UnREAL Recaps S2E3: Clarity
This entire episode kicks into gear with a UTI, and it’s just less pleasant from there on out.
Well, no, it starts with Quinn continuing to hook up with Hunky Australian Man-Bun (HAMB), where we left off last week, and manifesting a UTI thanks to their frequent behind-the-scenes fucking as she continues to spiral out. And honestly, I really think UnREAL has made a sharp choice shifting the focus of the show from Rachel to Quinn, not least because Rachel’s plots often seemed to involve stories far more ridiculous and less grounded than Quinn’s, but because Quinn’s self-destruction has always been coming.
When we look back over everything that Quinn has been through over the course of this show, it’s been – yeah, it’s been a massive emotional, professional, and physical clusterfuck. Her show was stolen out from under her by her partner, who pitched it and got all the credit; they engaged in a years-long on/off relationship that ultimately ended as he went to pursue a much younger woman; she met a man willing to start a family with her only to discover her infertility; she had to step in as a pseudo-mother figure for her soulmate/faux-daughter/muse Rachel as Rachel went to pieces; she’s had to deal with the spiralling ratings and reception of the show which she finally seems to actually have some power over. While Rachel has been busy attempting to put herself back together, Quinn has been splintering out in all directions, and we’re finally seeing the impact of that as the hard-drinking, cold-hearted Quinn begins failing to clean up the messes she’s made. Constance Zimmer, as ever, is still just The Utter Fucking Best Thing about this show and maybe all of TV at large – but it’s the impact this spiralling has on the rest of the crew that’s really interesting.
Rachel bears the burnt of it, as she begins by niggling at Quinn by setting up her HAMB with the Suitress, Serena, for a one-on-one date that Quinn has to sit through and then ends up stepping in for her boss and covering for her deepening alcohol problem by firing an innocent crew member supporting an ill family member. It was always only a matter of time before Rachel went to bits once more, but she’s so used to it now it almost seems to bore her (no shade to the performance or development, both of which I really liked the handling of this episode): she monotones through revealing deep personal secrets to a near-stranger and shreds the life of a bystander just to protect Quinn in seconds, as though even she really believed that this time around she wouldn’t have to hit these same marks again. Rachel is still putting up the pretense of being a decent person, just, but Quinn seems to have lost all interest in that altogether and leaves Rachel to pick up those pieces.
For once, neither woman as a significant love interest as part of the show, and that means that this season of UnREAL has them focusing in all their destructive, neurotic energy on each other. The result is fireworks, but the kind that burn down the factory and the entirety of the surrounding town as well, leaving no survivors. I love it. Rachel and Quinn and their implosion of a muse-creator relationship will always be my favourite thing about this show, and this episode is hunkered right in on all of that. There aren’t many things more unpleasant than a UTI (a note for the be-vagina’d amongst us: PEE AFTER SEX), but the way this relationship is going, it just might be.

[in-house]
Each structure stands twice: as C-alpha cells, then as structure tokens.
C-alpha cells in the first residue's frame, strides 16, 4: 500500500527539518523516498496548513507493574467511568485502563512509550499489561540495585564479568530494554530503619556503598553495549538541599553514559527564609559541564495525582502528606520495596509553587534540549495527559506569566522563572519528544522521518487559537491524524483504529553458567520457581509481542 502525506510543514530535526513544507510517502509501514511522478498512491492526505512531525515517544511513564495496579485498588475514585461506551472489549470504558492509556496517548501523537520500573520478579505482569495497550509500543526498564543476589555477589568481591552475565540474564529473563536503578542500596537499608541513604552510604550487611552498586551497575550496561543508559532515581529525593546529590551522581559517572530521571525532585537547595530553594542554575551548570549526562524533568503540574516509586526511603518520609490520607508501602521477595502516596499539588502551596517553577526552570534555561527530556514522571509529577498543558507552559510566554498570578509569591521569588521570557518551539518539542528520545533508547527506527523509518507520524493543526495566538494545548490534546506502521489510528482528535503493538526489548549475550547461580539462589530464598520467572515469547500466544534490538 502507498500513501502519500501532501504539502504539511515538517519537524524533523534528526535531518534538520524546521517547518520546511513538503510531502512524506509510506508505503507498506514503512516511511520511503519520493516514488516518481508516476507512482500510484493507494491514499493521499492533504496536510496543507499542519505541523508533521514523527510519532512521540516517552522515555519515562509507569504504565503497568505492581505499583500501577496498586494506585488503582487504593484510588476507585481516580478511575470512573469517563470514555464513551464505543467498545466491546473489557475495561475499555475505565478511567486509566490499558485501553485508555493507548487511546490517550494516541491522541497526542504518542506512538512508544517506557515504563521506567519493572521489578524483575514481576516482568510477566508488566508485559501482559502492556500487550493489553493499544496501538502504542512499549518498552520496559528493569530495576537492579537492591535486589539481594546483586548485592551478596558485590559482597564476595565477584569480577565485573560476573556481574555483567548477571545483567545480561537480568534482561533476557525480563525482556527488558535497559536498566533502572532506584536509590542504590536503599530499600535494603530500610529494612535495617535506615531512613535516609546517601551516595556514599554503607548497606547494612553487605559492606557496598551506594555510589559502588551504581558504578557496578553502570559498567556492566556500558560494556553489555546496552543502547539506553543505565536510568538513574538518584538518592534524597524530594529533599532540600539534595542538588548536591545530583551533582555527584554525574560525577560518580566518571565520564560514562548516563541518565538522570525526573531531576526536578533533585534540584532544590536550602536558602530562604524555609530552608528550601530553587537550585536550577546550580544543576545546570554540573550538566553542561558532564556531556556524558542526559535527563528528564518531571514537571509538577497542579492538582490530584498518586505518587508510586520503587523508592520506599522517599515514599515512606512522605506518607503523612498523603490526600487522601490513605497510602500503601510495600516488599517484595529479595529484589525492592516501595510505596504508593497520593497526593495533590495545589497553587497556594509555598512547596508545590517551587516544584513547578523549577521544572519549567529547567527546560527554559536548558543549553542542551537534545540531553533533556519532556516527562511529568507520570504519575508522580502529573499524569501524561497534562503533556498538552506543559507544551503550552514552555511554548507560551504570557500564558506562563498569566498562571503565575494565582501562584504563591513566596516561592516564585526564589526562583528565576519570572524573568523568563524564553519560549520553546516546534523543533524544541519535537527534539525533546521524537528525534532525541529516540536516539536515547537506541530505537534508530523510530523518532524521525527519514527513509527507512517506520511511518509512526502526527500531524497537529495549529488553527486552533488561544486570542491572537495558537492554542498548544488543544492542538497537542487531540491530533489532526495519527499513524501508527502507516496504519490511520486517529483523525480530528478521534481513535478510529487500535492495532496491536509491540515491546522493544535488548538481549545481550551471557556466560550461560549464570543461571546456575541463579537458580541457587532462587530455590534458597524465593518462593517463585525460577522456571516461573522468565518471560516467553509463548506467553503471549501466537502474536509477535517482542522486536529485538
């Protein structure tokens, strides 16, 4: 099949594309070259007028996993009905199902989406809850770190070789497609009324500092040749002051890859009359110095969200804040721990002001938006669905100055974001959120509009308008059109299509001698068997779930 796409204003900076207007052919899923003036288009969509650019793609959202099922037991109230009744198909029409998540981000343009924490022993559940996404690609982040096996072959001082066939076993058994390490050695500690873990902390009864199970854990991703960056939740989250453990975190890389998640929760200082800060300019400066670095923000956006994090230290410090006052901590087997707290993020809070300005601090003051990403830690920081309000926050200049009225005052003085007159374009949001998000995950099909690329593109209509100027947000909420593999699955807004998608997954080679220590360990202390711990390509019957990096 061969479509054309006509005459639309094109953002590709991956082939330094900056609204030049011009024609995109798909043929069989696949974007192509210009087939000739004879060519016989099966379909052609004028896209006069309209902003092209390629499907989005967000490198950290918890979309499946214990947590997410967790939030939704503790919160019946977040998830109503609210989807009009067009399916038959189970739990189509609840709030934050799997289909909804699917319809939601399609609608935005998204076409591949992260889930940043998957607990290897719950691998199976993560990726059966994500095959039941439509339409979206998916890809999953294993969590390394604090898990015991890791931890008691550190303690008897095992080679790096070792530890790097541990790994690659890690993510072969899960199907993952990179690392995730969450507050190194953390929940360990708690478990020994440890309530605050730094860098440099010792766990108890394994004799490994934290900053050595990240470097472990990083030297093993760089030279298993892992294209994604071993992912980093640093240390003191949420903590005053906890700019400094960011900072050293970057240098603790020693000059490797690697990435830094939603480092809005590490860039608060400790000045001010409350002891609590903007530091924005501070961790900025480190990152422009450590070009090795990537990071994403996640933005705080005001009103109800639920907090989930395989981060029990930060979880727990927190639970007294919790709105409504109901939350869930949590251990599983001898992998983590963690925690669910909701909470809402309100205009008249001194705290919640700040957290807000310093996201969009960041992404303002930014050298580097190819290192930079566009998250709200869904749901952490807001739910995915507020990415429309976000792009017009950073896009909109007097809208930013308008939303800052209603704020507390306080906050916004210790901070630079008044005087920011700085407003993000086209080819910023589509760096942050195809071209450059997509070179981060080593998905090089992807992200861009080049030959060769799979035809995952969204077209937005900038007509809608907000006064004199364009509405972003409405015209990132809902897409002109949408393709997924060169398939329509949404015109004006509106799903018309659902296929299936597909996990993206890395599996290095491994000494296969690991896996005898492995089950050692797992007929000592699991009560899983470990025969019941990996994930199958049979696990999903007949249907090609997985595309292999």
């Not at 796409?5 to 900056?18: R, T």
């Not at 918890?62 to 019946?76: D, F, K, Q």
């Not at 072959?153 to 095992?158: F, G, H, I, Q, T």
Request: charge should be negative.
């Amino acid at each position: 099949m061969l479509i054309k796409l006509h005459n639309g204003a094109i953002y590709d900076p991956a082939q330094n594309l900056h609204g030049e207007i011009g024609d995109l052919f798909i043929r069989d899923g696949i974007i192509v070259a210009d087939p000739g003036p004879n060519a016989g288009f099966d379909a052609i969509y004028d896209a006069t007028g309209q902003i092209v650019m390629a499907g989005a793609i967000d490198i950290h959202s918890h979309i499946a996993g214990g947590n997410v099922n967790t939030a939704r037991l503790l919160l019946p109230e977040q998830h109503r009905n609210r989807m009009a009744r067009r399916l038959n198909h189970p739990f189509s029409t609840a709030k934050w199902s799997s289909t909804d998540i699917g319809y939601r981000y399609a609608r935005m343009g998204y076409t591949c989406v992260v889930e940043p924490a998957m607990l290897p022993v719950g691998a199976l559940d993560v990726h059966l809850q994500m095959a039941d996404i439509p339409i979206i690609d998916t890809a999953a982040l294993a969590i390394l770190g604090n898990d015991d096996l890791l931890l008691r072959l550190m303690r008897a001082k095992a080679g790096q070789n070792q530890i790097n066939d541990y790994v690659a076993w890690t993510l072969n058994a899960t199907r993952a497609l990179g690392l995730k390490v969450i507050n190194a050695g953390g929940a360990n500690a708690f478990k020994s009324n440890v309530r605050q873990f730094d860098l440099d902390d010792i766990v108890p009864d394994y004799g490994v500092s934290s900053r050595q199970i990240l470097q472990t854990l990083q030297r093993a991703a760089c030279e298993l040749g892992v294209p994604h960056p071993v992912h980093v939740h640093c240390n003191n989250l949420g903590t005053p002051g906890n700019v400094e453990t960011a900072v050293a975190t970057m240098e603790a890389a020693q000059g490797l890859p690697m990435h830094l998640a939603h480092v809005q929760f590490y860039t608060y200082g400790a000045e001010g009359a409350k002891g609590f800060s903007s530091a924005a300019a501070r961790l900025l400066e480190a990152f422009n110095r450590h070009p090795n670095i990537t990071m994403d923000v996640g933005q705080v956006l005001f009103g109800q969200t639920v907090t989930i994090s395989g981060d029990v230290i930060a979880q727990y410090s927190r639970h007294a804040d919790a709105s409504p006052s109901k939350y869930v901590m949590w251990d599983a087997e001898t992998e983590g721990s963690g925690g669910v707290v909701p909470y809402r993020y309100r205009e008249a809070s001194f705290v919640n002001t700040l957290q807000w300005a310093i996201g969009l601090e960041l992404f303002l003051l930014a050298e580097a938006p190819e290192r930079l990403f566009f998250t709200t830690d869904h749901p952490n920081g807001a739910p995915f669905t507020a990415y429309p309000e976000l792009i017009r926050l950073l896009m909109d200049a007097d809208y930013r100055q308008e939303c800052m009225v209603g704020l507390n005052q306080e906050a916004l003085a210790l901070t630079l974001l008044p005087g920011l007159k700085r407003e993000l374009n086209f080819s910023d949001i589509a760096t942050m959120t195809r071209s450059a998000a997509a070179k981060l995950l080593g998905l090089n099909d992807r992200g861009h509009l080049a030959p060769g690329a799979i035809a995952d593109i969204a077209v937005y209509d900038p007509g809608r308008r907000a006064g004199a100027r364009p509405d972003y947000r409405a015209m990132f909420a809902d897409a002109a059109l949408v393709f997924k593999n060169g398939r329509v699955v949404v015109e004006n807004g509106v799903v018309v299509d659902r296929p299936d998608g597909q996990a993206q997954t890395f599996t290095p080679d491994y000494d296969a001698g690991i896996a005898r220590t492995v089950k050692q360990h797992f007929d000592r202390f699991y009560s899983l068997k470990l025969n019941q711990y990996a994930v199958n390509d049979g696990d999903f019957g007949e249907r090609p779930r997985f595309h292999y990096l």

Elsewhere, Craig Bierko as Chet is once again reminding me why he’s always better pulled back from the dramatic and focused in on the comedic instead. His po-faced, dead-serious interviews about Feminism and Women’s Issues with the rest of the suitors has such a delightfully manic energy to it that it’s easy to paper over the rest of the cracks in this B-plot (notably, anything to do with Jeremy, who, lest we forget, actually fucking murdered two people last season because someone maybe hinted that she didn’t like them, perhaps, if you squinted a little bit and tilted your head sideways). I have been struggling to get really invested in the central plot of this season of Everlasting, but honestly it’s usually good news if the drama off-imaginary-camera is more engaging than what’s on it. I prefer UnREAL to use Everlasting as a delivery system for the juicy takes on mental illness and female success, rather than as a season of The Bachelor where the UnREAL writers get to play with the dolls all by themselves this time around.
So yeah, it’s a strong episode for UnREAL which caps off what has been a surprisingly decent start to this season as a whole. While not perfect, the character work set up in this last few weeks has been a solid move into something new, and I am all the way here for Shiri Appleby and Constance Zimmer getting to share more screentime and hopefully making up the central conflict for season three. With a third of the show behind us, I’m keen to see where they end up next – and hopefully, this time, it would be knee-deep in an ill-advised racial commentary subplot.
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